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Professional Development

The International School of Uganda is committed to enhancing the professional competence and personal wellbeing of our staff. This benefits each member of staff, by enabling them to make personal progress and gain desirable qualifications. It also benefits the School by providing an increasingly competent and motivated team. Staff Training and Development is seen in the context of our shared desire to maximise the learning and development of our students, learning to be the best we can be on their behalf.

Planned In-School Professional Development 2018-2021:

2018-19

Michelle Harris - Coaching and Better Conversations - September 2018

Taryn Bond Clegg - Agency - November 2018

Anne Van Dam - Early Years and Reggio - January 2019

2019-20 

Fiona Zinn - Image of the Child and Documentation - November 2019

Kristen Pelletier - Inclusion - January 2020

Taryn Bond Clegg and Michael Bond Clegg - Agency - March 2020

2020-21

Ron Ritchhart - Cultures of Thinking - Sept 2020

Kath Murdoch - Agency and Inquiry -  March 2021


Personal Learning Journeys

The Personal Learning Journey (PLJ) is an opportunity for teacher-directed inquiry.  It is a form of professional growth that allows teachers to “embrace curiosity and to feel the joy of lifelong learning” (Hopkins-Wilcox, 2019)  It is also an opportunity to build empathy with our younger learners about the challenges, pitfalls and successes found in learning.  The development of the Personal Learning Journey as a shift away from traditional models of Professional Development is summarised in the table below:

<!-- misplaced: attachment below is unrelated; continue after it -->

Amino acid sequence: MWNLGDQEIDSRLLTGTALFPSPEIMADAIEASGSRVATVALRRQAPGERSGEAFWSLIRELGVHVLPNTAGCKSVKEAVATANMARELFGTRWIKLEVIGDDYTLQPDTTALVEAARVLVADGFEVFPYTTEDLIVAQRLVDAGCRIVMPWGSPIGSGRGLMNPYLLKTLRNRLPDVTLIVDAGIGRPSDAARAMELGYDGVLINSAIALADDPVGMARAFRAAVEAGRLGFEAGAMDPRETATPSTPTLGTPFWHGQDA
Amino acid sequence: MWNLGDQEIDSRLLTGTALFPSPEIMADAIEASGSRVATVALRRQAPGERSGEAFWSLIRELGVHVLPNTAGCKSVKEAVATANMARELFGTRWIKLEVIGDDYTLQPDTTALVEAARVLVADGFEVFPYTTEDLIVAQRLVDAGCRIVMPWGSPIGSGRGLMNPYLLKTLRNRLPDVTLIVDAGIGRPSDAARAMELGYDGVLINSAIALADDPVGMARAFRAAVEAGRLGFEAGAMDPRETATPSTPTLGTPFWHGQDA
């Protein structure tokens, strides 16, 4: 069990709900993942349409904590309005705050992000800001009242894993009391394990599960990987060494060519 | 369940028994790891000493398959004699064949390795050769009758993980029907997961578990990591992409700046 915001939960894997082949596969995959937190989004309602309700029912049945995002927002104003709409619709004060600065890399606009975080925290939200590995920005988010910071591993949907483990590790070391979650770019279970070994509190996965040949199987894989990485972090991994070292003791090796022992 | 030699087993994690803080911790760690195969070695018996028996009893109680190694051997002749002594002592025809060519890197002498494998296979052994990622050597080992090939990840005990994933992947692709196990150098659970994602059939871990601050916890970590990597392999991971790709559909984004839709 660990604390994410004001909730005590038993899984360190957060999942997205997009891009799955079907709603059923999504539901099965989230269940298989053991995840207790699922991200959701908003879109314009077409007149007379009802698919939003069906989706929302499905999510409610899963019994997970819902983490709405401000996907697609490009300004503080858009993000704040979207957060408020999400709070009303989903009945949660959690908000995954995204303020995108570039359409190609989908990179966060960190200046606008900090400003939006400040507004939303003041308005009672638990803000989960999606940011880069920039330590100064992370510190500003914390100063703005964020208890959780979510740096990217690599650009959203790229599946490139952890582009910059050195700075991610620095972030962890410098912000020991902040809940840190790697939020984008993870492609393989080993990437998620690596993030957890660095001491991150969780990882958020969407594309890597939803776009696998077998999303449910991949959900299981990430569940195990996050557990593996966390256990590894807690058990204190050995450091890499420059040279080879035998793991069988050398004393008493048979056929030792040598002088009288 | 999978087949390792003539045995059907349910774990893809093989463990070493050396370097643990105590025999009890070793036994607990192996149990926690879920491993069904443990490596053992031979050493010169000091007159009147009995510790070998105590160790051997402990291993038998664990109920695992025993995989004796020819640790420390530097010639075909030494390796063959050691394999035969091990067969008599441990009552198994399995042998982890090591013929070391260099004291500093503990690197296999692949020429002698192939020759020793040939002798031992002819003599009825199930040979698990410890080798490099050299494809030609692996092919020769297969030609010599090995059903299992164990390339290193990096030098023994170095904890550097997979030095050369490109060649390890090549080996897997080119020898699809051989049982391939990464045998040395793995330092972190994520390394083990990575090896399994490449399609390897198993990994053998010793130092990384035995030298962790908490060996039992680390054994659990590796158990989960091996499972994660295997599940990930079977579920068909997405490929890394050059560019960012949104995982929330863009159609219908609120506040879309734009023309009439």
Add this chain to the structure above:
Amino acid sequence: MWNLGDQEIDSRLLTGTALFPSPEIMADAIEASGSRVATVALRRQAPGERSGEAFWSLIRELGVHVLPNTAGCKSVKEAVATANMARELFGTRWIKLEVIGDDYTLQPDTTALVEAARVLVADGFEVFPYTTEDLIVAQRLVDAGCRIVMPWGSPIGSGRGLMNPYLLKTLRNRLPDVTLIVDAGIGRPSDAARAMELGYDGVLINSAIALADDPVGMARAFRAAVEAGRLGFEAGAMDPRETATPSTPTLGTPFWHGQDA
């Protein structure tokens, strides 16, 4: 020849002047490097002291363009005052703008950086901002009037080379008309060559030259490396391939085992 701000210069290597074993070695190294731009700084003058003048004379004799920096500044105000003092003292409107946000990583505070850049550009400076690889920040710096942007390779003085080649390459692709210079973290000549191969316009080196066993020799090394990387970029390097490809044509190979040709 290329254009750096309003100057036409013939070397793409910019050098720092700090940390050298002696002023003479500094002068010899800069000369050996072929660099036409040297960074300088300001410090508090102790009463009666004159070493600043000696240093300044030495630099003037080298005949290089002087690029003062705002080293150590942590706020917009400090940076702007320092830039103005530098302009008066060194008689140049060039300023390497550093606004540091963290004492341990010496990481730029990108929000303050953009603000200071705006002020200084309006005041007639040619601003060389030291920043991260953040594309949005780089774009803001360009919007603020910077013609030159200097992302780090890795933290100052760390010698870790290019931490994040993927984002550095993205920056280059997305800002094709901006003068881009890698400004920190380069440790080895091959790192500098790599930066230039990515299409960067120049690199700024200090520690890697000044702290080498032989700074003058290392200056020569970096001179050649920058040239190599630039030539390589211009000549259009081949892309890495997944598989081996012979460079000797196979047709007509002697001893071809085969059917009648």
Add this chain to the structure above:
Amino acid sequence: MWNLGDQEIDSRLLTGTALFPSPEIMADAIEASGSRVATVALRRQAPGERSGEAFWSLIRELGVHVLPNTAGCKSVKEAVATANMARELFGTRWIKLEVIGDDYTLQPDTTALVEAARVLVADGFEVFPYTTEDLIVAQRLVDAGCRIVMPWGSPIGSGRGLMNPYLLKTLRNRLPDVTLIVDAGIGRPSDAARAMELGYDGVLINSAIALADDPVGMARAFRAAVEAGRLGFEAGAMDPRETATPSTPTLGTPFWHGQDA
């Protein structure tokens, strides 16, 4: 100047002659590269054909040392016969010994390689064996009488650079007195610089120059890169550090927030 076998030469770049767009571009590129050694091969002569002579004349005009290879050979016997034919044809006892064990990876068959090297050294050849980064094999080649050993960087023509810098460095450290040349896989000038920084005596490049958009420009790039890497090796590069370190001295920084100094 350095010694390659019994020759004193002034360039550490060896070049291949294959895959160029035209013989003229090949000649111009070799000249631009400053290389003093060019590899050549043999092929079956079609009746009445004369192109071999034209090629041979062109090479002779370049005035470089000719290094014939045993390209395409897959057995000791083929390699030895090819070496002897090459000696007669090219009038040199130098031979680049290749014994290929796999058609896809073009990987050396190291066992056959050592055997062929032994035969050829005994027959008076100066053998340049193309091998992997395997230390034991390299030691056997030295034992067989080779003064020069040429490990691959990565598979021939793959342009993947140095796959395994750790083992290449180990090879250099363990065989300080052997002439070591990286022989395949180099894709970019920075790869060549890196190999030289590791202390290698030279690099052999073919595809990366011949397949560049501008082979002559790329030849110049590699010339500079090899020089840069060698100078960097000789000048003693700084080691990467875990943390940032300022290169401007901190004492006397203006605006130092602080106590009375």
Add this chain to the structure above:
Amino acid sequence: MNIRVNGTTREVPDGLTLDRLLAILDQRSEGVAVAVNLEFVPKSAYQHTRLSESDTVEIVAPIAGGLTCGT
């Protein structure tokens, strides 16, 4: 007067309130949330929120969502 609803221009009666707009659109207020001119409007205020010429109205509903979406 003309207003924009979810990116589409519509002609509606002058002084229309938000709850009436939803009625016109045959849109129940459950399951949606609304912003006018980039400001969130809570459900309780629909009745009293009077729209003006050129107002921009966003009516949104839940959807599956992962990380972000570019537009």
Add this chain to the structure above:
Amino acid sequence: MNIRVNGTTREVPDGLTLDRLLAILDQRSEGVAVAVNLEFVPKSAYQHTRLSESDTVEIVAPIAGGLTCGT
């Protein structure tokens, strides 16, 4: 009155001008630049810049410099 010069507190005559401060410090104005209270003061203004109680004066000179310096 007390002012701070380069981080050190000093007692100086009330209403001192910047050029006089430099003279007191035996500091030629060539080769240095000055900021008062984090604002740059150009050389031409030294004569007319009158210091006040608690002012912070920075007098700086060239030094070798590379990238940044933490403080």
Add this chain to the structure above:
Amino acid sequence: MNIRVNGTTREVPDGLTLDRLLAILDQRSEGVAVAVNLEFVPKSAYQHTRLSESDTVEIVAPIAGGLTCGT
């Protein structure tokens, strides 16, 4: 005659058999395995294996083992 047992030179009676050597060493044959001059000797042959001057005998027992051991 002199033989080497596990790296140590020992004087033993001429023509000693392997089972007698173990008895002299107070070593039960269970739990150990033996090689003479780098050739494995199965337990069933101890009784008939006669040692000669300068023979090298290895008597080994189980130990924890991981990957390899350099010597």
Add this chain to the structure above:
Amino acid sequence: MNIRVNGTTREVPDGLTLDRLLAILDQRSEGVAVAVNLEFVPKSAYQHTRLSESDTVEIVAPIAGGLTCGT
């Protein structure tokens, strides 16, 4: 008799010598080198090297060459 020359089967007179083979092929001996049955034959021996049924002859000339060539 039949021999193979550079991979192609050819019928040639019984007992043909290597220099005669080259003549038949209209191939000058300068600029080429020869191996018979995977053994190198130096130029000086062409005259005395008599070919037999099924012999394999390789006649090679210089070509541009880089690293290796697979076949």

From Hopkins-Wilcox in Richardson, (2019).

The journey is a year-long inquiry and if needed can become a multi-year inquiry into an issue, idea or research topic that the teacher is curious about.  The learning journey is developed in three parts: formulating and planning the inquiry, continuous reflection and sharing and celebration. 

Stage 1. Formulating and Planning the Inquiry

At the beginning of the school year teachers are encouraged to reflect on their successes, strengths and opportunities for growth, as well as looking at the school’s guiding documents, strategic direction and current educational research.  The teacher uses the PLJ planning form to document their inquiry question, possible strategies for developing their inquiry and potential products or outcomes that might be seen at the end of the journey.

Stage 2. Continuous Reflection

“We do not learn from experience… we learn from reflecting on experience.” John Dewey

The first reflection is at the beginning of the journey during the first semester where the teacher shares their initial planning form with their principal and/or programme coordinator.  Through reflective discussion they refine the planning and consider other connections and resources that may be available in the school or wider community.

Opportunity for a second point of reflection is made available in the second semester which, if required, might be nearer the beginning of the semester or later in the semester as the journey draws to a close.  The decision about the timing of the second reflection point will be left up to the teacher to determine.